Week of 6/30 Update

This week I carried on with the quantitative assessments. I finished the quantitative assessments at all sites. As expected, LTRAS seems to be doing the best. With soil compaction being the biggest hurdle for the plants at this point, LTRAS has the advantage of having been tilled regularly for the last decade. The plants are growing like mad there.

Unfortunately the plants at the Putah Creek site, near neighbors to LTRAS, are not doing very well. The plants at Chamberlain and Putah Creek are largely beginning to die back. I don’t think they are able to expand their roots through the tough clay.

The North Davis Creek plants are doing all right. About 90% of the fascicularis are alive, though most of those have hardly broken the 10 cm mark. There are a few glaring exceptions out there, as I’ve mentioned in previous entries, but the plants’ growth seems to be largely stunted. The speciosa line had much poorer survival, but similarly stunted survivors. I’d estimate 60% survival on this line.

I volunteer check at LTRAS as I was completing the quantitative assessment. I also ensured the LTRAS plants were watered according to the watering schedule, after fixing a leak in the irrigation.

In the greenhouse this week, I helped Louie collecting latex samples from a greenhouse experiment. We collected leaf tips in coin envelopes and sapped up the latex that was exuded with pre-weighed filter paper discs. Re-weighing these discs will allow us to determine how much latex was exuded from the plants, which is an indicator of each plant’s defense against herbivory. The leaf tips will be analyzed for trichomes, small hair-life growth for plant defense, and biomass.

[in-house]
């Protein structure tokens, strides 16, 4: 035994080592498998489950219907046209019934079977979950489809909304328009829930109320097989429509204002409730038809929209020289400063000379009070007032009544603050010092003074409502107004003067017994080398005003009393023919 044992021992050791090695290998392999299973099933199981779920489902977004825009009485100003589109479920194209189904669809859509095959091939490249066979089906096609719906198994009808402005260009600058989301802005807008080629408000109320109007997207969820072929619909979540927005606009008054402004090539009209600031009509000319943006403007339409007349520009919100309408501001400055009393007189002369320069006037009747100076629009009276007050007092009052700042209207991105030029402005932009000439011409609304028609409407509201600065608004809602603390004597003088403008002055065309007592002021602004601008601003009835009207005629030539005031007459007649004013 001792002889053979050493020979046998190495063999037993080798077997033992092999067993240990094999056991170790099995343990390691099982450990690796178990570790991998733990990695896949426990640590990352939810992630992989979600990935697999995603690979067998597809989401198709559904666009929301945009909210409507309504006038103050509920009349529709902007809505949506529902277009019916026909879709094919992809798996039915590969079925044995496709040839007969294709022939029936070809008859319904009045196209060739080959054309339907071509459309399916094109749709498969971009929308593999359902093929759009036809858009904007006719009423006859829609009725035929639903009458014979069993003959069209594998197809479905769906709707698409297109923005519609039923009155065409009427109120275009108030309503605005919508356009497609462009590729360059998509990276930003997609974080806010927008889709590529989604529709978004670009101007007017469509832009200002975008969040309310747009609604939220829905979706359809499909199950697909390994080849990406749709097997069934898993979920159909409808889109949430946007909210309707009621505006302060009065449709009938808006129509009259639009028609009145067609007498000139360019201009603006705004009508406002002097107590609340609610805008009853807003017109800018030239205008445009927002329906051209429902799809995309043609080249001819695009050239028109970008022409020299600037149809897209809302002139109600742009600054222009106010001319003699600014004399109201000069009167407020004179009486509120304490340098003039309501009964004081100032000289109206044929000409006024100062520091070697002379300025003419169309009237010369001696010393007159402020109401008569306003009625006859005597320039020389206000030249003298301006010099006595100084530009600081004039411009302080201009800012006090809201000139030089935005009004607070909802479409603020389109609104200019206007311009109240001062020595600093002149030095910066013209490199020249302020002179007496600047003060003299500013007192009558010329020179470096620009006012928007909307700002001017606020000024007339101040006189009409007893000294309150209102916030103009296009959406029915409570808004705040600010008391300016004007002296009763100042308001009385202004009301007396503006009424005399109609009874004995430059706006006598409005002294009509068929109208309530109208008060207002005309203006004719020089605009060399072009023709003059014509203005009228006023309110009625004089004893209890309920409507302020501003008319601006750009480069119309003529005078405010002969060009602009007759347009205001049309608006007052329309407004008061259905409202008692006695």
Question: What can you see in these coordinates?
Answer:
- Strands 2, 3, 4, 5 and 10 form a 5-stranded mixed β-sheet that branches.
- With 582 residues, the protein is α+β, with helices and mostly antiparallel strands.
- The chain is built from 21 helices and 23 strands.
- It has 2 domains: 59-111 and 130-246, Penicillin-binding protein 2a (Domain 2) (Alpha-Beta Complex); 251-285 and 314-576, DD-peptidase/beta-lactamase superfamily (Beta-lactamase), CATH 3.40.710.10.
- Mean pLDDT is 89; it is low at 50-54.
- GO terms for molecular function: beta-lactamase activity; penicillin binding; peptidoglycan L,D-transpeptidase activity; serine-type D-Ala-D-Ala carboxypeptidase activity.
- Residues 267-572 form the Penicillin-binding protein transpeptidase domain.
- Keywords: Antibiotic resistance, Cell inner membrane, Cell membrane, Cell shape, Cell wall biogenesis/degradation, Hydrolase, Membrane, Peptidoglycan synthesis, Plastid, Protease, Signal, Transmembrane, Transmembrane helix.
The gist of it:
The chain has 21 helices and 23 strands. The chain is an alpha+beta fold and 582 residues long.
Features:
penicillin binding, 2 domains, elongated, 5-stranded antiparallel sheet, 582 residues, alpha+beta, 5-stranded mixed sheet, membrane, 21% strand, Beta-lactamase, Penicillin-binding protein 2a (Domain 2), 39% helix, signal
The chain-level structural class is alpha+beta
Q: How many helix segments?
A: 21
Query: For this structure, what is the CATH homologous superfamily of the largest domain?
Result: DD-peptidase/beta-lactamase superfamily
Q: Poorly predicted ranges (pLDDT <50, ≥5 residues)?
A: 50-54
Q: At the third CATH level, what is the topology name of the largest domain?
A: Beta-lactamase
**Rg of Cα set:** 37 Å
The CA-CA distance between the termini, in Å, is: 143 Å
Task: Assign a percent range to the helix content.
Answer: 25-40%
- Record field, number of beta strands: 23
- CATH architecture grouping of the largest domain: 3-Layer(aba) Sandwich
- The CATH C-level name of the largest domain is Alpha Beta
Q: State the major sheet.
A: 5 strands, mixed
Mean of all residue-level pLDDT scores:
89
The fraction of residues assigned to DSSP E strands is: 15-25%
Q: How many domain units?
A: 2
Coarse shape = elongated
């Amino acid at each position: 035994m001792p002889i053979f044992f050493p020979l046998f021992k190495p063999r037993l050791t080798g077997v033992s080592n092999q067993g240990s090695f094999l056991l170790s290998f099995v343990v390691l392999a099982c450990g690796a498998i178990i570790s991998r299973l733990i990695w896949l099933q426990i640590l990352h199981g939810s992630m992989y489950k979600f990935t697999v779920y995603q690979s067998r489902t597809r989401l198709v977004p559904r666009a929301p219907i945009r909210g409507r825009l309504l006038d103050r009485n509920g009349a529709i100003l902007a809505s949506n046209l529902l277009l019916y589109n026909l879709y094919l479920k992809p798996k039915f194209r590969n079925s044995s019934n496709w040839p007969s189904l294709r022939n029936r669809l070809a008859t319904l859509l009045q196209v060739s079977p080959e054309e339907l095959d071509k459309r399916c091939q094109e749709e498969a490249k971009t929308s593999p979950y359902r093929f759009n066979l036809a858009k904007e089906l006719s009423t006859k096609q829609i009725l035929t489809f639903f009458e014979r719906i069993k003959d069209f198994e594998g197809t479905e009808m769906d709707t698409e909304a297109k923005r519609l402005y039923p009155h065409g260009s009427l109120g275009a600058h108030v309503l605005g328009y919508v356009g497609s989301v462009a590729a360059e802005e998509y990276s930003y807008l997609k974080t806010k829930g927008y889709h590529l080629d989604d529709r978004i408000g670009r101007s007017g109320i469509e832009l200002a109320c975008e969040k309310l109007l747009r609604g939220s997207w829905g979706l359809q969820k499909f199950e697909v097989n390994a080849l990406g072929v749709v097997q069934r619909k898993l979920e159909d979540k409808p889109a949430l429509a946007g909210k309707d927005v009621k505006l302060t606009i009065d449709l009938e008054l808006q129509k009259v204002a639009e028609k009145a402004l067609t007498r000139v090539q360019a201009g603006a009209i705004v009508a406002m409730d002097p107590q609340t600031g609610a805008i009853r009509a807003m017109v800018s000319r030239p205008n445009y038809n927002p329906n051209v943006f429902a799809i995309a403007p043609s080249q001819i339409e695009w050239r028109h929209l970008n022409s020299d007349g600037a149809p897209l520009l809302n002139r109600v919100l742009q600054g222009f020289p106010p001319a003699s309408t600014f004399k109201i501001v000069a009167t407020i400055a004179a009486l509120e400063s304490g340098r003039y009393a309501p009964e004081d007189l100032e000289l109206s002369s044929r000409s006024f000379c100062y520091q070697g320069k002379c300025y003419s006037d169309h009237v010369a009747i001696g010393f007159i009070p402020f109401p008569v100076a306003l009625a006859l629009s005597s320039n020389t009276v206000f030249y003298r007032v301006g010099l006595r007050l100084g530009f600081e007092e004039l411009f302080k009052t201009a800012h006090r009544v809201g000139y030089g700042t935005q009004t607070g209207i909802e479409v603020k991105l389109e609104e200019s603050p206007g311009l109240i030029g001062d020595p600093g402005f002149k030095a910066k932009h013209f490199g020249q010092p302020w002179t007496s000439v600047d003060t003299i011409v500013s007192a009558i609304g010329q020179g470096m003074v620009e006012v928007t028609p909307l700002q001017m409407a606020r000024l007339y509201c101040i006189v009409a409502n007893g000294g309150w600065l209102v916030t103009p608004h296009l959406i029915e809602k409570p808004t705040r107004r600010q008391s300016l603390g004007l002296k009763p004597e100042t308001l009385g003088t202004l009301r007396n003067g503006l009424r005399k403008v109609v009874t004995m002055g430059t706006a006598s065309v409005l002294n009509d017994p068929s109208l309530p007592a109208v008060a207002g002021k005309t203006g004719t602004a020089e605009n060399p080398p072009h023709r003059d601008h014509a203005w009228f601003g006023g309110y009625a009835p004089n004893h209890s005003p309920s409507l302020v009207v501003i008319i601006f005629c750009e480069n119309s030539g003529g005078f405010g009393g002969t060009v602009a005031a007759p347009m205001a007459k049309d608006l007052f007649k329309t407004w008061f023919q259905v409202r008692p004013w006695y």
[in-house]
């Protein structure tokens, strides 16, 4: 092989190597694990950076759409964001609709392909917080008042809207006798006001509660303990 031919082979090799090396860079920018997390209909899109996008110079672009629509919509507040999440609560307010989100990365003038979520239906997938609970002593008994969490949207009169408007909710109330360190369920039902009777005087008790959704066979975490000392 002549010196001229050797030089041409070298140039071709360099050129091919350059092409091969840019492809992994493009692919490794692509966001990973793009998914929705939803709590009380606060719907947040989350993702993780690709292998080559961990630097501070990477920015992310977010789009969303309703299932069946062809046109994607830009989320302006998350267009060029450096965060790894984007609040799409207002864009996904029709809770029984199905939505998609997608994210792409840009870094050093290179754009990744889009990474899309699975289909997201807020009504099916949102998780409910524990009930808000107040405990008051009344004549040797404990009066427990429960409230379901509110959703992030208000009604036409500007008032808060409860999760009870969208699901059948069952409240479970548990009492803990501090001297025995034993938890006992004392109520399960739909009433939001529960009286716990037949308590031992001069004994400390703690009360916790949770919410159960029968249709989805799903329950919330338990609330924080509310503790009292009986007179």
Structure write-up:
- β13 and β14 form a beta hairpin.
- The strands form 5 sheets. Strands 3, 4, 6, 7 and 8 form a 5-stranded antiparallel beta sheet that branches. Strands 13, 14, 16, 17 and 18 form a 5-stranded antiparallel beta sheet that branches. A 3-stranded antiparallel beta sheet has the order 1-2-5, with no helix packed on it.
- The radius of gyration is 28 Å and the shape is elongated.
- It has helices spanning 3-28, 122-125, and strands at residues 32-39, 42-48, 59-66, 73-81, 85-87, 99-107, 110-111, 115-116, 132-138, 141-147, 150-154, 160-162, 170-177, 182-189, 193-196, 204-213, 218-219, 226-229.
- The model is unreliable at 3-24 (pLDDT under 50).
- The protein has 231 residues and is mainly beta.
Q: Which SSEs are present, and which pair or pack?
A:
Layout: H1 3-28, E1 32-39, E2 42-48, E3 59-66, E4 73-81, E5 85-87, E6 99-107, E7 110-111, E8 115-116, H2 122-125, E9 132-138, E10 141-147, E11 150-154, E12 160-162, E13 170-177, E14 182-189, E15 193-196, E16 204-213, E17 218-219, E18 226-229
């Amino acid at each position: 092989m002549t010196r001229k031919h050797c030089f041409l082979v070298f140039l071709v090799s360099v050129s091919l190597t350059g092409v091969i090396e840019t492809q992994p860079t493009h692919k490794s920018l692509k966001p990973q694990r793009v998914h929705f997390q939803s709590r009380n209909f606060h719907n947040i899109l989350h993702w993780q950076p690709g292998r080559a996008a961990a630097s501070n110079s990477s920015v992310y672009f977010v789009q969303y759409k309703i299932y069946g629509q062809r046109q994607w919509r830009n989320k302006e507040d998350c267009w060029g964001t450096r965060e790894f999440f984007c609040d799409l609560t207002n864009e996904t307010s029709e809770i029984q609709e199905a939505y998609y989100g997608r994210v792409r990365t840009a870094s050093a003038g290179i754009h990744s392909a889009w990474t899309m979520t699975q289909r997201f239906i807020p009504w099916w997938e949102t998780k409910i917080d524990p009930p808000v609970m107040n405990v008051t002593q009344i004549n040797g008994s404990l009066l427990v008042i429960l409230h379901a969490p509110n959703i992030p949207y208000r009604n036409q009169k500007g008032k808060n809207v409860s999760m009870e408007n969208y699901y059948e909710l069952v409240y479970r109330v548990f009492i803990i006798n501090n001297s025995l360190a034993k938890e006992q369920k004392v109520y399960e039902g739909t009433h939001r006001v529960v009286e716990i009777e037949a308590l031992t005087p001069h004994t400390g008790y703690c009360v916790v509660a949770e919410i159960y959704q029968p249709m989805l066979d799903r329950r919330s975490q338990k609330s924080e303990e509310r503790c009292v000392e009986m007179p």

While I was in the greenhouse I also helped set up the cloner. Louie collected cuttings from Bobcat Ranch. Each cutting had its leaves trimmed in order to slow transpiration. The cuttings were divided into approximately 4 to 6 inch sections. The lower end of each cutting was soaked in rooting hormone and placed in the cloner.

For next week:
1. Collect soil compaction readings
2. Continue watering and volunteer checks
3. Meeting with Louie to address future tasks

Leave a Reply

Fill in your details below or click an icon to log in:

WordPress.com Logo

You are commenting using your WordPress.com account. Log Out /  Change )

Google photo

You are commenting using your Google account. Log Out /  Change )

Twitter picture

You are commenting using your Twitter account. Log Out /  Change )

Facebook photo

You are commenting using your Facebook account. Log Out /  Change )

Connecting to %s

%d bloggers like this: